Skip to content, or skip to search.

Skip to content, or skip to search.

To Do: June 18–July 2, 2014


13. Revisit Batman
The Michael Keaton years.
Implausibly, the film that reinvented superhero dramas—establishing a new form of dark seriousness—is 25 years old this month. Given how high-style the sets and costumes are, it’s not too badly dated, either.
On Netflix and Amazon Prime.

14. See BAMcinemaFest
Clunky name, great lineup.
The BAMcinemaFest has evolved into one of the region’s best showcases for indie American (and world) cinema. The 2014 edition features Richard Linklater’s nearly three-hour, 12-years-in-the-making Boyhood, which centers on the actual ­aging of an actual boy. Among the other promising films: Approaching the Elephant, Amanda Rose Wilder’s laudably ambivalent documentary about an untraditional school, and Bingham Bryant and Kyle Molzan’s Kickstarter-aided ­quasi-horror film For the Plasma, in which two women isolated in a Maine cabin … analyze the surrounding forest to predict shifts in the global financial market. Eeeeek!—David Edelstein
June 18–29. Full schedule at

15. Read Arts and Entertainments
A funny novel about bad fame.
Fast-moving satire by Christopher Beha about the semi-accidental ­creation of a contemporary two-bit celebrity: sex tape, social networks, and subsequent media ­circus. There’s even a cameo (lowbrow-­despicable) of “The Approval Matrix.”
Ecco, July 1.

16. See Alec Guinness 100
We meet again, at last.
He was among the oddest of movie stars, Alec Guinness—an almost private actor capable of registering infinitesimal but vivid shifts in feeling. Film Forum’s centennial 25-film ­retrospective predictably features those Ealing black-comic gems Kind Hearts and Coronets (Guinness plays multiple murder victims) and The Man in the White Suit along with rarities like Ronald Neame’s Tunes of Glory in which a military rivalry between Guinness and John Mills leads to tragedy. And yes, there is his Obi-Wan in Star Wars seen in a 35-mm. print of the “Special Edition.” —D.E.
Film Forum, through July 3. Lineup at

Pop Music
17. Listen to 5 Seconds of Summer
Boy band, punk band, good or bad? All of the above.
Five Australian cute boys who desperately, desperately, would like to be Green Day but are a lot closer to One Direction. Hook from the first single: “She looks so perfect standing there / In my American Apparel underwear.” At once ­incredibly cheesy and just great, and certainly a discussion point for hanging around with your 15-year-old niece this summer. Pro tip: They’re called “5SOS,” pronounced “five-soss.”
Hi or Hey/Capitol Records.

New Music
18. Hear I Was Here I Was I
Met, orchestra.
The ensemble Alarm Will Sound has spent the better part of a year invading and intervening in various Metropolitan Museum galleries, staging musical events that harmonize with the art. The group’s residency ends with Kate Soper’s opera about a Victorian woman’s trip down the Nile, ­performed in the Temple of Dendur. —J.D.
Metropolitan Museum of Art, June 20.

19. Read The Vacationers
While you’re on vacation, even.
Buzzy second novel by Emma Straub, riding in on the buzz built by 2012’s Laura Lamont's Life in Pictures and a very good short-story collection, is the tale of a Manhattan extended family’s Mediterranean beach vacation gone way off the rails. Funny but not trifling, poignant but not depressing. Perfect for a week away.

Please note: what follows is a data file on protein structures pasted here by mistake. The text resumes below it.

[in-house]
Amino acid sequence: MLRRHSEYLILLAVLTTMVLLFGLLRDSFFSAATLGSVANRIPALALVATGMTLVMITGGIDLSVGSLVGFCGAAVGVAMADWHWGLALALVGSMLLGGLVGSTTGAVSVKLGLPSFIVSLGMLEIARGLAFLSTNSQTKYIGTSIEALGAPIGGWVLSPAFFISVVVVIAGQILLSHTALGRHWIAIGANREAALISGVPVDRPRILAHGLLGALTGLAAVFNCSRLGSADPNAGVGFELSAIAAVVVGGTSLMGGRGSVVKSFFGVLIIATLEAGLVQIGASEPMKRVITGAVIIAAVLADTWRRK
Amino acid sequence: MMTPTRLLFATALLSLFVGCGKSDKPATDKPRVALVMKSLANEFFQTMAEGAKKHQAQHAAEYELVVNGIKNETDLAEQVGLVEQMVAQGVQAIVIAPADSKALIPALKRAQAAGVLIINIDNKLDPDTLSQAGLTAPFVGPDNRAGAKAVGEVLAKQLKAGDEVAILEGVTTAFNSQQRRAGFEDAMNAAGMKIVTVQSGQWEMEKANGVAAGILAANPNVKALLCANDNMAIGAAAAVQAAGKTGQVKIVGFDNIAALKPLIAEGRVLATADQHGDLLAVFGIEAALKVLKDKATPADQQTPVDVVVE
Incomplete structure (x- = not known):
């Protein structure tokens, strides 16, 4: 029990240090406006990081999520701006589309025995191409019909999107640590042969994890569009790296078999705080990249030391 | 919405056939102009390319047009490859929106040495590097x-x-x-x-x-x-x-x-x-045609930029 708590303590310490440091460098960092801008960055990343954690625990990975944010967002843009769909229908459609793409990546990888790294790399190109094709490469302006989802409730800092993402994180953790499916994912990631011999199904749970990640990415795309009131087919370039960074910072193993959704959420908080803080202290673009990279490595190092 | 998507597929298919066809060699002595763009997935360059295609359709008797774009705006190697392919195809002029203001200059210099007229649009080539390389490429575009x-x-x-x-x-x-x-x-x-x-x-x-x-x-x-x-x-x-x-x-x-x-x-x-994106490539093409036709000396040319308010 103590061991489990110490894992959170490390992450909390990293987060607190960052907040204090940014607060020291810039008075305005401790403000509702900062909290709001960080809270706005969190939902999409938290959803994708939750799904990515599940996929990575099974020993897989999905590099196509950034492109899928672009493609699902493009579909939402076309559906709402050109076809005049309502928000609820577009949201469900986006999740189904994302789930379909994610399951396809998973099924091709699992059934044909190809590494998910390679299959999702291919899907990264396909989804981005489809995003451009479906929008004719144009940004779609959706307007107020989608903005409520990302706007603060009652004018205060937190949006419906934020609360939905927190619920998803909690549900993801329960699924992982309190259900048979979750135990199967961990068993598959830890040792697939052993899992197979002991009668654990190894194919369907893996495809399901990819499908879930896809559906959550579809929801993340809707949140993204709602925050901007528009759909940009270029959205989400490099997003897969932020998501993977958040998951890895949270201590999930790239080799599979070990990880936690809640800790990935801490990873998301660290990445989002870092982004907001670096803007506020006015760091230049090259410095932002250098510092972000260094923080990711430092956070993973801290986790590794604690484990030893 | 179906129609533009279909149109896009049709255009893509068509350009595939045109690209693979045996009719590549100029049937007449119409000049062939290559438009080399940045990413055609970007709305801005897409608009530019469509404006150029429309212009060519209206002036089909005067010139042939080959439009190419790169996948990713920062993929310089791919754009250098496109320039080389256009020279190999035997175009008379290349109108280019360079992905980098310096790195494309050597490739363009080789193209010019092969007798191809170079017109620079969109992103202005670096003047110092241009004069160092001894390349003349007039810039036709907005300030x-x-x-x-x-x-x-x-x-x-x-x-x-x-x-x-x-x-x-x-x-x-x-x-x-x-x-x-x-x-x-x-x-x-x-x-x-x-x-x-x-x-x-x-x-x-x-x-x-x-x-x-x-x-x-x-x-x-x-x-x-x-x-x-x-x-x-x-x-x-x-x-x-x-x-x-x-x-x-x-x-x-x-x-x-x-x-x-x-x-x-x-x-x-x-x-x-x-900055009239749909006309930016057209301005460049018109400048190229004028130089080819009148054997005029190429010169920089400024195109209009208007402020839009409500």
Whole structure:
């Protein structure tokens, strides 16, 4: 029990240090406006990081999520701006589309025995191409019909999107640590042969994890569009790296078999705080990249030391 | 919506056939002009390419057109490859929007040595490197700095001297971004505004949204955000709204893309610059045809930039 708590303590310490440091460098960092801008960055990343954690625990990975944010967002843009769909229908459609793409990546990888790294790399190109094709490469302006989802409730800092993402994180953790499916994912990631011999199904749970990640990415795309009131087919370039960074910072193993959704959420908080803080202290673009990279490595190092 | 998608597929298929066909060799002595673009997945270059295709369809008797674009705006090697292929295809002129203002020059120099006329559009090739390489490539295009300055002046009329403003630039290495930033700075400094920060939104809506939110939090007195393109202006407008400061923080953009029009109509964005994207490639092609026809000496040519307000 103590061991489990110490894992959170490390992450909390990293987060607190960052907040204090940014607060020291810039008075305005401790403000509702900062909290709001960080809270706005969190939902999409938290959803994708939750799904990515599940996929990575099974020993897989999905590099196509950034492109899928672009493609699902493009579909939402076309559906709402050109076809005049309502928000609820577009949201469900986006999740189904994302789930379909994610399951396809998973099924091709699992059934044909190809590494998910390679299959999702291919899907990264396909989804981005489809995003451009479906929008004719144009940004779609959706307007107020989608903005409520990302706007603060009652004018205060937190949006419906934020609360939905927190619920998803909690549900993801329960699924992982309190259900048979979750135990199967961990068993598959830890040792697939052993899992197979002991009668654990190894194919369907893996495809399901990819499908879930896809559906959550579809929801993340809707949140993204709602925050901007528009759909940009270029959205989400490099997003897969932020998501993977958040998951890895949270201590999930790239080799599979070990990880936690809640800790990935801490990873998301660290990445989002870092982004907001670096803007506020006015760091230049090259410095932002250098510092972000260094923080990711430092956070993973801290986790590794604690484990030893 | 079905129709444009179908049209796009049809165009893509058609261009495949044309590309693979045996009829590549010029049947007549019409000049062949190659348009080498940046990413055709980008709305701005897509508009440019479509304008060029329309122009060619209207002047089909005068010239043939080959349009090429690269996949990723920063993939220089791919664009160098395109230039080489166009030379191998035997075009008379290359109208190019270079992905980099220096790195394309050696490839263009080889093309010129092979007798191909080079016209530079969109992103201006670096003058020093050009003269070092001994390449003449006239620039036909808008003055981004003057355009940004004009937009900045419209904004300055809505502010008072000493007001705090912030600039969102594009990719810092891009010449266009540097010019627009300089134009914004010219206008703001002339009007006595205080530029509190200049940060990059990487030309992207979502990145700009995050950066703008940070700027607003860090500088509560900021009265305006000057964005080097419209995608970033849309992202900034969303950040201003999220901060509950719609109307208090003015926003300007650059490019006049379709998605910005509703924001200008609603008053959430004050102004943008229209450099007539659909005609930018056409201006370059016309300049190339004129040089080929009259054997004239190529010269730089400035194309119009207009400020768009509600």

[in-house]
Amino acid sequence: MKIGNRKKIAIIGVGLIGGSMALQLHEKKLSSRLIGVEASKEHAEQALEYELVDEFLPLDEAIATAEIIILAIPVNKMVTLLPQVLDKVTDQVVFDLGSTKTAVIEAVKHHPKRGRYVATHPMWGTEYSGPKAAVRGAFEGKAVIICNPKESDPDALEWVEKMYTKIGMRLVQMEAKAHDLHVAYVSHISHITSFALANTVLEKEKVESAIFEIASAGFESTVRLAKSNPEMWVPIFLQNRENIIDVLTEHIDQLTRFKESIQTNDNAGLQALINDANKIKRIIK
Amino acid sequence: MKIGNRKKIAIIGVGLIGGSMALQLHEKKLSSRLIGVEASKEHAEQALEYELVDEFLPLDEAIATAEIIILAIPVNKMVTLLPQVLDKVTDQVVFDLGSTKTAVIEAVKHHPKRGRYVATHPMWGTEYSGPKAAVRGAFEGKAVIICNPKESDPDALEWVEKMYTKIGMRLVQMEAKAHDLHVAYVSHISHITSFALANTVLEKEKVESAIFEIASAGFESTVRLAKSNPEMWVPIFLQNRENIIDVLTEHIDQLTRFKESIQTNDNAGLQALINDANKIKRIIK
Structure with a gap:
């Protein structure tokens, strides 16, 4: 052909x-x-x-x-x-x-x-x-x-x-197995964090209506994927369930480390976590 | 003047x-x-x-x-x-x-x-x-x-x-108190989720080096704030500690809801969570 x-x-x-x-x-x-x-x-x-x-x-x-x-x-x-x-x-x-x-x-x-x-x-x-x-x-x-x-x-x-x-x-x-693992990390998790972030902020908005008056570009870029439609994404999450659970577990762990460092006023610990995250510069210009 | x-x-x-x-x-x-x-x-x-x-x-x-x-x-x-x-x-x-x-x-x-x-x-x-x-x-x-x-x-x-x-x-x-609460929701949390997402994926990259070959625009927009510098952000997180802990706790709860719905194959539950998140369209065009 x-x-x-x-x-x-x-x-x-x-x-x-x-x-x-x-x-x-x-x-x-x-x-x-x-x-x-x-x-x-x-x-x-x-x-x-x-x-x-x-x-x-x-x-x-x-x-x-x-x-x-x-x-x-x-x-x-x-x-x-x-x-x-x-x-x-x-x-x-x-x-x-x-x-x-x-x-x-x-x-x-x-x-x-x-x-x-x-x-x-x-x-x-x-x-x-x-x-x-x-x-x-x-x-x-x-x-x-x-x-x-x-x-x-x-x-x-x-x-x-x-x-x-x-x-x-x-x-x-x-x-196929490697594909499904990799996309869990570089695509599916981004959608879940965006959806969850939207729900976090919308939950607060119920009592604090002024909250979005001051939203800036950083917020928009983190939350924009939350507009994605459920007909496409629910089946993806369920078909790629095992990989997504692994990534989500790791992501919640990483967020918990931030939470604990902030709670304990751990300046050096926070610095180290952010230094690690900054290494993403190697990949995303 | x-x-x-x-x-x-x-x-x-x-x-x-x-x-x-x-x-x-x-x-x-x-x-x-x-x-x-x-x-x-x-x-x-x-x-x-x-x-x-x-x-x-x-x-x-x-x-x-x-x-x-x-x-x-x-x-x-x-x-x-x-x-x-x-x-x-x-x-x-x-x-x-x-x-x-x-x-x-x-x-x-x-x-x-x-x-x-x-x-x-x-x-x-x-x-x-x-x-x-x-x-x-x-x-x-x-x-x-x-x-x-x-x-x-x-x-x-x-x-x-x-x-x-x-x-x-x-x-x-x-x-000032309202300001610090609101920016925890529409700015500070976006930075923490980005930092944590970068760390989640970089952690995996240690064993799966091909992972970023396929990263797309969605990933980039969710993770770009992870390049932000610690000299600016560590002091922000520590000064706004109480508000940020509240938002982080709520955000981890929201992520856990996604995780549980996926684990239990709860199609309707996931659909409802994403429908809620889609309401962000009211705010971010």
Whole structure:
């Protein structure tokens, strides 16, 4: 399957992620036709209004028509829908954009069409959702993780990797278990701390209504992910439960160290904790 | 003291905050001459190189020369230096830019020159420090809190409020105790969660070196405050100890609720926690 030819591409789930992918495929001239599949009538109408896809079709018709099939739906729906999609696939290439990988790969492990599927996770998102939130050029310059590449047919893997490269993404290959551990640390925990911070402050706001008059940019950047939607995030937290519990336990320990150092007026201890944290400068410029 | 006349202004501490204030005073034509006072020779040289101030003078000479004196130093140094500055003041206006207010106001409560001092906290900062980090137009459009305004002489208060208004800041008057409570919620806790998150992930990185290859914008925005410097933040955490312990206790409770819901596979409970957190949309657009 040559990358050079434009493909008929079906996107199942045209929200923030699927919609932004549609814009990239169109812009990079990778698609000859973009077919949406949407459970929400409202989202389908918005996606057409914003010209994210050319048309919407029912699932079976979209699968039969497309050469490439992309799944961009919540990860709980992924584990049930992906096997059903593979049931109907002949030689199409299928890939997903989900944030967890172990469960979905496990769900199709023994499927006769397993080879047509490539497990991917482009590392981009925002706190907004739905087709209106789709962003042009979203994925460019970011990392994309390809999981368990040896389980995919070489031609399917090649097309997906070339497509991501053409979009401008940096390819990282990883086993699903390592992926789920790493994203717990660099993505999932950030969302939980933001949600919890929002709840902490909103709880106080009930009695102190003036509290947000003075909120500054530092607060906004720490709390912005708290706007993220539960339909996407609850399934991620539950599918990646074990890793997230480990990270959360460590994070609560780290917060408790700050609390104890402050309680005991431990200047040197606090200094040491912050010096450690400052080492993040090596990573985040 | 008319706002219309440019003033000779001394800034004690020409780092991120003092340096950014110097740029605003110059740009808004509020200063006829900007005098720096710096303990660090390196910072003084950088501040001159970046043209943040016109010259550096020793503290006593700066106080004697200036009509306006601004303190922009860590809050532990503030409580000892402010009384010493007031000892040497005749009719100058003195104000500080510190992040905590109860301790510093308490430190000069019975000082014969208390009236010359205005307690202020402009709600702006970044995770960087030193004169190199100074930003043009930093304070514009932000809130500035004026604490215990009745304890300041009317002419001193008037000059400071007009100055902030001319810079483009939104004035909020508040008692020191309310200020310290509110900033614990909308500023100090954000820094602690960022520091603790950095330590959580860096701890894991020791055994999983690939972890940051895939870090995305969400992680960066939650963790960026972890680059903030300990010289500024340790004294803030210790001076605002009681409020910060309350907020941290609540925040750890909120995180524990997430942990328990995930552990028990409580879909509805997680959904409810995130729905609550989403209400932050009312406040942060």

20. Read My Salinger Year
The ’90s in literary New York.
If you’re about 40 and were paying any attention to books and writers when you were young, ­Joanna Rakoff’s memoir has it all: the coziness of the late-typewriter-era publishing world, a vague sense that big business was about to bring it to a shuddering halt, and the fading but potent aura of mid-century authorial giants.

21. See Ace in the Hole
Underground classic.
About time this one got the full Criterion Blu-ray treatment: The great Billy Wilder’s dark, dark satire of pack journalism and the manipulation thereof, all built around the story of a man trapped in a cave out West. Kirk Douglas stars as a guy who’s working every angle, and was never ­better.
Criterion Collection Blu-ray.

22. Read Margaret Atwood’s MaddAddam Trilogy
Be ahead of the crowd.
Why now? Because Darren Aronofsky has signed on to develop the three books into an HBO series. And don’t you want to be able to be that person, when it comes around in maybe 2017, who can say, “Oh, those books are great—I read them years ago”?
Nan A. Talese.

23. Listen to On the Threshold of Winter
From the other solstice.
Michael Hersch is the classical-music world’s leading spreader of elegant gloom. It’s fitting, somehow, that he should greet the summer with a work that invokes short, chilly days—a one-voice, two-act, two-hour setting of poems about dying of late-stage cancer. Still, Hersch is so sincere in his darkness, and so sophisticated in his expressivity, that he can make the morbid magical. —J.D.
BAM Fisher Fishman Space, June 25.

24. Consider The Fearless Roman Polanski
A comprehensive retrospective of a problematic talent.
Whatever our divided feelings about Roman Polanski, he’s a major director whose demons are exorcised on-camera. Leading up to his new film Venus in Fur, the IFC Center presents a comprehensive retrospective, featuring of course the comedy The Fearless Vampire Killers (with Polanski and the doomed Sharon Tate), his rarely seen (and barbarous) Macbeth, and his claustrophobic masterpieces: Knife in the Water, Rosemary's Baby, Chinatown, and The Pianist—for which he won an Oscar he couldn’t collect, being a sex criminal in exile. —D.E.
IFC Center, through June 19.

25. Read The Madwoman in the Volvo
Sandra Tsing Loh, continued.
The messily brilliant The Atlantic essayist on menopause and other assorted adventures in post-divorce middle age.
W.W. Norton.


Current Issue
Subscribe to New York

Give a Gift